The Future is Entirely Human

On Monday, March 25th 2019, Apple held their annual service announcement. This year everybody’s favorite fruit unveiled a handful of new offerings, including a premium news subscription called Apple News+, a new game subscription dubbed Apple Arcade, and even – wait for it – a credit card. Yes, you read that correctly. The classic stereotype of iPhone users is feeling superior to everyone in the world using an Android phone. And now those users will have a shiny piece of laser-etched titanium in their wallets to prove it.

All of this sounds…cool, right? Nothing life-changing, but nice to have, eh? That was the tone of the audience until Apple’s final announcement.

The lights went out. The giant screen at the center of The Steve Jobs Theater began to come alive. And the audience was greeted by the face of Steven Spielberg to unveil Apple’s new streaming service for original content, Apple TV+.

Along with Spielberg, Apple has enlisted some of the most talented names in Hollywood, including Reese Witherspoon, Jennifer Aniston, JJ Abrams, Sara Bareilles, Kumail Nanjiani, and even the cast of Sesame Street. But the list goes on, all building to a thunderous conclusion when the one and only Oprah graced the stage to announce her own partnership with the streaming service. The content Apple previewed certainly looks like it will put up one hell of a fight with the likes of Netflix and Prime Video. But what caught my attention most was not the lineup of shows or stars that will be coming our way this Fall.

It was Apple’s juxtaposition of technology and art.

Our digital lives are becoming more advanced every day, and technology that may have been revolutionary only a year ago is most likely outdated today. Technology is developing at a ferocity that was unimaginable only a century ago, providing new ways to stay in-touch and connected like something out of a sci-fi epic. All of this being accomplished by simply tapping away at the little piece of glass, steel, and silicon in your pocket.

Apple’s big message behind their decision to produce original content is that they are dedicated to connecting audiences through the best stories the world has to offer. That was echoed by every A-Lister brought on stage. Now, this move obviously has a financial incentive for the company as well, with Apple looking to overwhelm yet another market. But Apple rose to global dominance by committing to one simple principle: Connect people, no matter the distance, through something as simple as the cell phone in your pocket. Now they hope to connect us all through the power of story.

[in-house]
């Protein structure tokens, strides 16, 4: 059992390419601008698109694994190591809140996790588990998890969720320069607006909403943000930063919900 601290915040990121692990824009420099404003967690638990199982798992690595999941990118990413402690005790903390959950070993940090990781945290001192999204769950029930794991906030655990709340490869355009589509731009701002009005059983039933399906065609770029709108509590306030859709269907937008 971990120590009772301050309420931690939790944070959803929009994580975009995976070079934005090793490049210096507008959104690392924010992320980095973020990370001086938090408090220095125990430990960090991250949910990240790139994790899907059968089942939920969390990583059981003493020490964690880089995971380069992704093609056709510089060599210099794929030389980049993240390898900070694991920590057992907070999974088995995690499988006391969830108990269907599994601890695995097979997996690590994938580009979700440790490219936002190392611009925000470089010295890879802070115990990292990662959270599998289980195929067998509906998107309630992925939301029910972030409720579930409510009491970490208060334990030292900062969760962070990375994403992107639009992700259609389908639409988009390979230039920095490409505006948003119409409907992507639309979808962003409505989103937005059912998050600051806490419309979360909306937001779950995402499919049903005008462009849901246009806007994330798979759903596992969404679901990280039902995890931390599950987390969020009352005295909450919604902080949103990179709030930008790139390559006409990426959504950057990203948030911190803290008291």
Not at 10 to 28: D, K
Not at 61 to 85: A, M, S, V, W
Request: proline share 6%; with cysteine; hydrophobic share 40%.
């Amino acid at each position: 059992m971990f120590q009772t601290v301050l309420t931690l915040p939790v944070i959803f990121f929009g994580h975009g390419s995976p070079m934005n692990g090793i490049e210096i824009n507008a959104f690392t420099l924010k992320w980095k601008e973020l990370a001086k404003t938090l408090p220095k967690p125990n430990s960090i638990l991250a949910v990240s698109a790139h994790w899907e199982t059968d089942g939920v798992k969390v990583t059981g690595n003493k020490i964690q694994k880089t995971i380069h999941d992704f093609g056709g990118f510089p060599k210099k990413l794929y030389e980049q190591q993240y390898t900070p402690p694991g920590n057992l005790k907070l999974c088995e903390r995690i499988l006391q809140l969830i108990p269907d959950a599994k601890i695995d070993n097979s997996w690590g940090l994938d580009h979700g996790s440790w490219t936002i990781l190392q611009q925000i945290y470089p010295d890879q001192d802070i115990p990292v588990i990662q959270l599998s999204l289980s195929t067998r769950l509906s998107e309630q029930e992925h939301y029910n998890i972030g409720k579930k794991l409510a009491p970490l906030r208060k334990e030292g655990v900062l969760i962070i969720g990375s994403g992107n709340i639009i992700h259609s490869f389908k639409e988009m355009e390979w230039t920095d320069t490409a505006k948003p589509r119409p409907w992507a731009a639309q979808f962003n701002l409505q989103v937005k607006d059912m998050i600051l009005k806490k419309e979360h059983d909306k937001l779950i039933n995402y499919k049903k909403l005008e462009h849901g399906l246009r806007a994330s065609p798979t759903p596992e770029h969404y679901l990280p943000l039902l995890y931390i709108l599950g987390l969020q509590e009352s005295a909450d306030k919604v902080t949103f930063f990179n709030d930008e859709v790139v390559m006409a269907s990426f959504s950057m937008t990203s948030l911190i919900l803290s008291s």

I have always believed that everyone in your life is there for a reason and that you can learn from each person you cross paths with. I also believe that everyone has a unique perspective and voice, and deserves to be heard. So having one of the largest technology companies in recorded human history preach the power of connecting with other people through storytelling is a very welcome surprise. Apple emphasized a commitment to sharing honest accounts of the human experience. And that’s something that we desperately need more of.

For as far as we have come thanks to advancements in technology, the art of storytelling was the original way to bring people together. No Snapstreaks or memes required. One day I hope to be a writer and a filmmaker; Two story-driven paths. But most importantly, I hope that people will read and watch what I have to say, allowing my message to connect with as many people in the audience as possible. Just as I hope readers find a connection with every blog I write or every photograph that I post on this website.

But sometimes it can feel as if you are truly going at it all by yourself. However, during Apple’s presentation, Steven Spielberg reminded us that no on ever tells a story alone. There are inherent truths and feelings that everybody on this planet knows, regardless of race, religion, or geography. He reminds us that storytelling is a universal language all its own.

As of now, there is no artificial intelligence that can mimic human emotion or recall memories from its past, either joyous or painful. There is no software that ‘feels’ and there is no community of computers dedicated to discussing the complicated complexities of life on a soulful level. As for now, that job still falls to us humans. And that is a glorious thing.

Because for as intertwined as our digital lives may be, for the countless resources that are available to anyone with a basic internet connection, for all of the laser-etched titanium credit cards in our wallets, and for the instant gratification that comes with ‘following’ someone (or when they ‘follow’ you back,) there will never be a device more instrumental in connecting humans with other humans than something as simple as a story.

It’s the one thing that brings us all together as part of something greater than our individual selves, and it can be found in the pages of your favorite book or the frames of your favorite film. There is art in technology; There is also technology in art. But as for now, the power of story remains solely in the minds and voices of every person on this planet. Technology is going to continue advancing further and faster than we ever thought possible, beckoning us into stages of modern life that we can’t even imagine yet. But due to the power that comes with connecting to other people regardless of language or location – and thanks to the art of storytelling – the future is entirely human.



Published by Dan Rosen

Documentary Photographer | Lover or Moleskine notebooks and Pilot G2 pens | Avid (and honest) Google Maps food critic

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